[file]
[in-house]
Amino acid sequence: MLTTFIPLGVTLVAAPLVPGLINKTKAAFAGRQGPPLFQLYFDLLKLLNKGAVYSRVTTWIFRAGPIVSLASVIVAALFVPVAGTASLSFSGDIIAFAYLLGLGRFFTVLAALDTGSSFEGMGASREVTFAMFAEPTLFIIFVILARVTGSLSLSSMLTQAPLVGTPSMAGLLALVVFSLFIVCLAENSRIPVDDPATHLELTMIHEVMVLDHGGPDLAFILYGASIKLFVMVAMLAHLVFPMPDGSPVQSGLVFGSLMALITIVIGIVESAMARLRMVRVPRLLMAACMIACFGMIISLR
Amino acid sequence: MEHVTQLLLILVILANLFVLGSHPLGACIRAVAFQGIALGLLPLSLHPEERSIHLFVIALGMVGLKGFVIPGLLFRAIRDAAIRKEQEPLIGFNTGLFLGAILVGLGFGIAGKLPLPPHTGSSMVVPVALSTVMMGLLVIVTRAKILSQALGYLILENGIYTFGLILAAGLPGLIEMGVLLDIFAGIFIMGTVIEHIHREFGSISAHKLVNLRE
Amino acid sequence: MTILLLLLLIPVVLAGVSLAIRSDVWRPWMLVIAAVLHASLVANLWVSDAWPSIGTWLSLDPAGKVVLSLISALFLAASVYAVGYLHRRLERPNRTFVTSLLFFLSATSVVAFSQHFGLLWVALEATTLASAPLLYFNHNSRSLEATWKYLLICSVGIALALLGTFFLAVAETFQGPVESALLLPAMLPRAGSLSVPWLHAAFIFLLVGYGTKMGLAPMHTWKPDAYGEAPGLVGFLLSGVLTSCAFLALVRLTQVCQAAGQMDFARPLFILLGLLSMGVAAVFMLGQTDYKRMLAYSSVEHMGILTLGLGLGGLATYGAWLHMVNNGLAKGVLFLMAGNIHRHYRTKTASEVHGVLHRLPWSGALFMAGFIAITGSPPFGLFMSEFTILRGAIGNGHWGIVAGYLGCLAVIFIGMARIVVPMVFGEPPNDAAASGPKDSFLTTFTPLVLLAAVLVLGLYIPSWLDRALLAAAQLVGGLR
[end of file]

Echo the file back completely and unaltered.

[in-house]
Amino acid sequence: MLTTFIPLGVTLVAAPLVPGLINKTKAAFAGRQGPPLFQLYFDLLKLLNKGAVYSRVTTWIFRAGPIVSLASVIVAALFVPVAGTASLSFSGDIIAFAYLLGLGRFFTVLAALDTGSSFEGMGASREVTFAMFAEPTLFIIFVILARVTGSLSLSSMLTQAPLVGTPSMAGLLALVVFSLFIVCLAENSRIPVDDPATHLELTMIHEVMVLDHGGPDLAFILYGASIKLFVMVAMLAHLVFPMPDGSPVQSGLVFGSLMALITIVIGIVESAMARLRMVRVPRLLMAACMIACFGMIISLR
Amino acid sequence: MEHVTQLLLILVILANLFVLGSHPLGACIRAVAFQGIALGLLPLSLHPEERSIHLFVIALGMVGLKGFVIPGLLFRAIRDAAIRKEQEPLIGFNTGLFLGAILVGLGFGIAGKLPLPPHTGSSMVVPVALSTVMMGLLVIVTRAKILSQALGYLILENGIYTFGLILAAGLPGLIEMGVLLDIFAGIFIMGTVIEHIHREFGSISAHKLVNLRE
Amino acid sequence: MTILLLLLLIPVVLAGVSLAIRSDVWRPWMLVIAAVLHASLVANLWVSDAWPSIGTWLSLDPAGKVVLSLISALFLAASVYAVGYLHRRLERPNRTFVTSLLFFLSATSVVAFSQHFGLLWVALEATTLASAPLLYFNHNSRSLEATWKYLLICSVGIALALLGTFFLAVAETFQGPVESALLLPAMLPRAGSLSVPWLHAAFIFLLVGYGTKMGLAPMHTWKPDAYGEAPGLVGFLLSGVLTSCAFLALVRLTQVCQAAGQMDFARPLFILLGLLSMGVAAVFMLGQTDYKRMLAYSSVEHMGILTLGLGLGGLATYGAWLHMVNNGLAKGVLFLMAGNIHRHYRTKTASEVHGVLHRLPWSGALFMAGFIAITGSPPFGLFMSEFTILRGAIGNGHWGIVAGYLGCLAVIFIGMARIVVPMVFGEPPNDAAASGPKDSFLTTFTPLVLLAAVLVLGLYIPSWLDRALLAAAQLVGGLR